While the censorware companies respond to every new revelation by claiming they are cleaning up their act (or simply deny the blocking had ever occurred) the Censorware Project found across three years of evaluations that things never got any better. The companies removed from the blacklist the sites we called to their attention, and went blithely on to blacklist new innocuous sites--because, with their flawed process, they simply could not do any better. In some cases, we found that the same sites they unblocked were repeatedly added back to the blacklist, like, which was unblocked and re-added at least three times. When we would go back a year after last examining a product and look at it again, we always discovered that the error rate remained as high as before.

Although the Censorware Project's main issue was over-blocking and the resulting censorship of innocuous and socially useful sites, when we looked for it we naturally found substantial underblocking as well. Every product we examined let pass substantial numbers of hard core sex sites which the human reviewers, or the spider software, had not yet found. Again, the problem of reviewing 800 million plus web pages is insurmountable by any means within the budget of a relatively small for profit Internet company.

In 1998, a group named Mainstream Loudoun brought suit against the library system of Loudoun County, Virginia, which had just voted to install the X-Stop censorware product. (I became a plaintiff in that case as part of a group of Web site operators, represented by the ACLU, whose sites had been blocked by X-Stop.) Federal Judge Leonie Brinkema, a former librarian, issued an injunction banning X-Stop's use in the library precisely because of the over-breadth, citing many of the sites we had identified in the X-Stop Files article. (The court's two rulings can be found at and Judge Brinkema held that the Supreme Court's ruling in Board of Education v. Pico, 457 U.S. 853 (1982) governed. In Pico, the Supreme Court had held that a local school board could not descend upon a high school library and remove works by authors such as John Updike which offended its conservative sensibilities.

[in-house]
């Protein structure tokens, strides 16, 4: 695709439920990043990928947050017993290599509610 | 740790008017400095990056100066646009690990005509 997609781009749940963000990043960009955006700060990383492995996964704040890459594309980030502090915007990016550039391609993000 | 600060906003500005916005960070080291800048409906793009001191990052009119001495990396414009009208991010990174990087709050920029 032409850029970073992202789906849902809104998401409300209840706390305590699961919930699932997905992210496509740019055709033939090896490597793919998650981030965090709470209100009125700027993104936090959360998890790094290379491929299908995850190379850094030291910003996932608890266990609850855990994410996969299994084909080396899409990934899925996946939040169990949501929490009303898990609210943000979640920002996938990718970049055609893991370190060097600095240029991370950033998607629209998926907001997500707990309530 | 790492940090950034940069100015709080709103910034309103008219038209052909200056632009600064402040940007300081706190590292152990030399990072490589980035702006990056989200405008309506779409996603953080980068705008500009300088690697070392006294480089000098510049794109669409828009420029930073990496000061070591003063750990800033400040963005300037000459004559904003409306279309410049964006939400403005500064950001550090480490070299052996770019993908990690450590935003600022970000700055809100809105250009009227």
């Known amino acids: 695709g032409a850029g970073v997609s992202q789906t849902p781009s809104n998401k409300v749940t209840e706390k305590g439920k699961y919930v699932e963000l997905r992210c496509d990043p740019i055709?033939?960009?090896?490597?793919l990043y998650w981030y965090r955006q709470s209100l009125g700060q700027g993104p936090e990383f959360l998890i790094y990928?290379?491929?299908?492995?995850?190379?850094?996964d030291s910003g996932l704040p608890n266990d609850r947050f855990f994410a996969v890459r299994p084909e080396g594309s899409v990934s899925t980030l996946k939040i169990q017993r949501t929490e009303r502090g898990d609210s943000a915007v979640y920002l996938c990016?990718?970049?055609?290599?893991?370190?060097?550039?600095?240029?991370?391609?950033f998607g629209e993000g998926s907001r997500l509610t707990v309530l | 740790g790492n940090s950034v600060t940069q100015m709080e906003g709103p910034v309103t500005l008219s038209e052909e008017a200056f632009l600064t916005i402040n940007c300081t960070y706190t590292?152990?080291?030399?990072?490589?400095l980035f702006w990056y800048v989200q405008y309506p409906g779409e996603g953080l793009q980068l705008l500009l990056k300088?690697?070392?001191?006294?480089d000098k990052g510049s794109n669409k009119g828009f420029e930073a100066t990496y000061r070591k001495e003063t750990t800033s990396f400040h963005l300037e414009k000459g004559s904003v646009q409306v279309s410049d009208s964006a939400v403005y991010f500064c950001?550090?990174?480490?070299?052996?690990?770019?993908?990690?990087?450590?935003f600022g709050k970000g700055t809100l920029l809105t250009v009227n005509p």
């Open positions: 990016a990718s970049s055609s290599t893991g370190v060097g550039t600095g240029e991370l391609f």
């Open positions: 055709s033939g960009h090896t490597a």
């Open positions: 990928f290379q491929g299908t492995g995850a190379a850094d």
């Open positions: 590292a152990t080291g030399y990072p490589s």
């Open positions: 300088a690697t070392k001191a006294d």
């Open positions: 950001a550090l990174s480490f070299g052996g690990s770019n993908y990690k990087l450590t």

Censorware has been the darling of the fundamentalist right since the defeat of the Communications Decency Act; groups like the American Family Association and the National Law Center for Children and Families have been championing government-mandated censorware for years. This coalition, which includes people who have campaigned in the past for the banning of Huckleberry Finn from libraries, has strenuously advanced the argument that censorware does not remove anything from the library, as the school board did in Pico; it simply helps the librarian choose not to include material, as a librarian would be entitled to choose not to purchase Madonna's Sex (a favorite example). Judge Brinkema held to the contrary. Though no library is constitutionally required to offer Internet access, once it decides to do so, Brinkema analogized the Internet to a huge encyclopedia purchased by the library. Then, along come the X-stop censors with their scissors, she said, offering to "redact" the encyclopedia.

The local library board chose not to appeal the decision, so there was no opportunity to obtain affirmation from the Supreme Court. The decision, still the only one on the question of whether libraries can adopt censorware, has been disregarded by censorware proponents and by Congress, who hope that federal courts elsewhere, and the Supreme Court when a case finally gets up to them, would rule differently.

A member of the American Family Association might, of course, feel warmly towards a censorware product which he believed embodied his values (such as Cybersitter, which blocked the National Organization of Women site as a "radical lesbian" page). The problem of tailoring censorware products to meet defined legal standards (rather than the putative AFA member's subjective values) is much more difficult.

CIPA mandates that schools and libraries accepting e-rate funding use censorware to protect adults from obscene material. The Supreme Court in Miller v. California defined obscenity as "prurient, patently offensive" material lacking SLAP (scientific, literary, artistic or political) value. The problem, of course, is that censorware reviewers, acting under secret criteria, are in the position of deciding that material is legally obscene which has not been ruled so by a court. Further complicating the problem is the fact that the Miller case adopted local community standards of "prurience" and "patent offensiveness", meaning that speech which is acceptable in California may be obscene in Tennessee (exactly the result in the Amateur Action bulletin board case we wrote about in the first chapter of Sex, Laws and Cyberspace). No censorware product has ever yet attempted to create fifty different state versions (let alone mirror the differing community standards which may occur within a state.) Thus, the reviewing staff of censorware companies, which tends to consist of poorly-paid students and homemakers looking for a little extra income, is now in the position of making determinations best left to judges and First Amendment lawyers. All censorware companies keep secret their criteria for choosing sites for the blacklist, so it is impossible to tell if, or how, they are applying Miller in making their decisions. No censorware company has ever even claimed to have a setting which blocks only obscenity, since X-Stop met embarrassment in 1997. It was the "Obscenity Load" version of X-Stop which blocked the Quaker pages, the American Association of University Women,and the AIDS Quilt.